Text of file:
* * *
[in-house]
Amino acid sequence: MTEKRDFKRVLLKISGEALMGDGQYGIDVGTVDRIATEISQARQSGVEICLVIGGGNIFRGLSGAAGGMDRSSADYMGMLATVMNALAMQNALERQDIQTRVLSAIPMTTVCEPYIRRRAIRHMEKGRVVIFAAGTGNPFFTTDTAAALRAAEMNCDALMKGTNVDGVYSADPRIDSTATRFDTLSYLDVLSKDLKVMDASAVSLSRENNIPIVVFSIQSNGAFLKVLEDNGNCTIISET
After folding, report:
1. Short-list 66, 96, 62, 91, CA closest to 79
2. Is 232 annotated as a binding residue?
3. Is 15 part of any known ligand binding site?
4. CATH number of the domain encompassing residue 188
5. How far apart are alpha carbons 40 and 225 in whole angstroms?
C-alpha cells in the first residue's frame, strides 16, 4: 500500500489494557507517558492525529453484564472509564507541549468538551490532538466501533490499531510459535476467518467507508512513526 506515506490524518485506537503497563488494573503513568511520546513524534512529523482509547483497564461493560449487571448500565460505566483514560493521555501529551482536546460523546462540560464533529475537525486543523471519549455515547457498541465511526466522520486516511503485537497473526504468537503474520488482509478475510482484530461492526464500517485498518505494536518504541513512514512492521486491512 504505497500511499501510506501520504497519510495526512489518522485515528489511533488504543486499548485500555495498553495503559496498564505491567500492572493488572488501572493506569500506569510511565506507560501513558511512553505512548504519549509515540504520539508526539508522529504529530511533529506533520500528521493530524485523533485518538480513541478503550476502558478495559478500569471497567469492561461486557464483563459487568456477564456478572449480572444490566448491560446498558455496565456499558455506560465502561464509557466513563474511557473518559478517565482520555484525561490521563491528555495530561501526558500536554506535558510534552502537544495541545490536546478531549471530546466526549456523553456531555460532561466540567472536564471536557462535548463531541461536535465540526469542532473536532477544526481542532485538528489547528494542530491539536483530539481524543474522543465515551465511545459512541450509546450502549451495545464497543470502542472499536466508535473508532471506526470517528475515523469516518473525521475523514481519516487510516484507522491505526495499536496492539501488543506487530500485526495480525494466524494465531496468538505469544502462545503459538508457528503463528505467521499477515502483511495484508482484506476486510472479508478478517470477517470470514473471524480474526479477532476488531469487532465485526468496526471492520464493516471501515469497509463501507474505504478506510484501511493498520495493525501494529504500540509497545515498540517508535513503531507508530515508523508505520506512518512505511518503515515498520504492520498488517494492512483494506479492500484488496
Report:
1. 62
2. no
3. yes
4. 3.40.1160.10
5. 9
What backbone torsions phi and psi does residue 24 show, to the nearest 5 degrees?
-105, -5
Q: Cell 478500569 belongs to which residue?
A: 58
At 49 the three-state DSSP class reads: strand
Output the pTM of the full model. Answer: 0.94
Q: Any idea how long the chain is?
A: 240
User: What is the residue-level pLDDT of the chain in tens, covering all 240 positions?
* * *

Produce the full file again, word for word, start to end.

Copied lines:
[in-house]
Amino acid sequence: MTEKRDFKRVLLKISGEALMGDGQYGIDVGTVDRIATEISQARQSGVEICLVIGGGNIFRGLSGAAGGMDRSSADYMGMLATVMNALAMQNALERQDIQTRVLSAIPMTTVCEPYIRRRAIRHMEKGRVVIFAAGTGNPFFTTDTAAALRAAEMNCDALMKGTNVDGVYSADPRIDSTATRFDTLSYLDVLSKDLKVMDASAVSLSRENNIPIVVFSIQSNGAFLKVLEDNGNCTIISET
After folding, report:
1. Short-list 66, 96, 62, 91, CA closest to 79
2. Is 232 annotated as a binding residue?
3. Is 15 part of any known ligand binding site?
4. CATH number of the domain encompassing residue 188
5. How far apart are alpha carbons 40 and 225 in whole angstroms?
C-alpha cells in the first residue's frame, strides 16, 4: 500500500489494557507517558492525529453484564472509564507541549468538551490532538466501533490499531510459535476467518467507508512513526 506515506490524518485506537503497563488494573503513568511520546513524534512529523482509547483497564461493560449487571448500565460505566483514560493521555501529551482536546460523546462540560464533529475537525486543523471519549455515547457498541465511526466522520486516511503485537497473526504468537503474520488482509478475510482484530461492526464500517485498518505494536518504541513512514512492521486491512 504505497500511499501510506501520504497519510495526512489518522485515528489511533488504543486499548485500555495498553495503559496498564505491567500492572493488572488501572493506569500506569510511565506507560501513558511512553505512548504519549509515540504520539508526539508522529504529530511533529506533520500528521493530524485523533485518538480513541478503550476502558478495559478500569471497567469492561461486557464483563459487568456477564456478572449480572444490566448491560446498558455496565456499558455506560465502561464509557466513563474511557473518559478517565482520555484525561490521563491528555495530561501526558500536554506535558510534552502537544495541545490536546478531549471530546466526549456523553456531555460532561466540567472536564471536557462535548463531541461536535465540526469542532473536532477544526481542532485538528489547528494542530491539536483530539481524543474522543465515551465511545459512541450509546450502549451495545464497543470502542472499536466508535473508532471506526470517528475515523469516518473525521475523514481519516487510516484507522491505526495499536496492539501488543506487530500485526495480525494466524494465531496468538505469544502462545503459538508457528503463528505467521499477515502483511495484508482484506476486510472479508478478517470477517470470514473471524480474526479477532476488531469487532465485526468496526471492520464493516471501515469497509463501507474505504478506510484501511493498520495493525501494529504500540509497545515498540517508535513503531507508530515508523508505520506512518512505511518503515515498520504492520498488517494492512483494506479492500484488496
Report:
1. 62
2. no
3. yes
4. 3.40.1160.10
5. 9
What backbone torsions phi and psi does residue 24 show, to the nearest 5 degrees?
-105, -5
Q: Cell 478500569 belongs to which residue?
A: 58
At 49 the three-state DSSP class reads: strand
Output the pTM of the full model. Answer: 0.94
Q: Any idea how long the chain is?
A: 240
User: What is the residue-level pLDDT of the chain in tens, covering all 240 positions?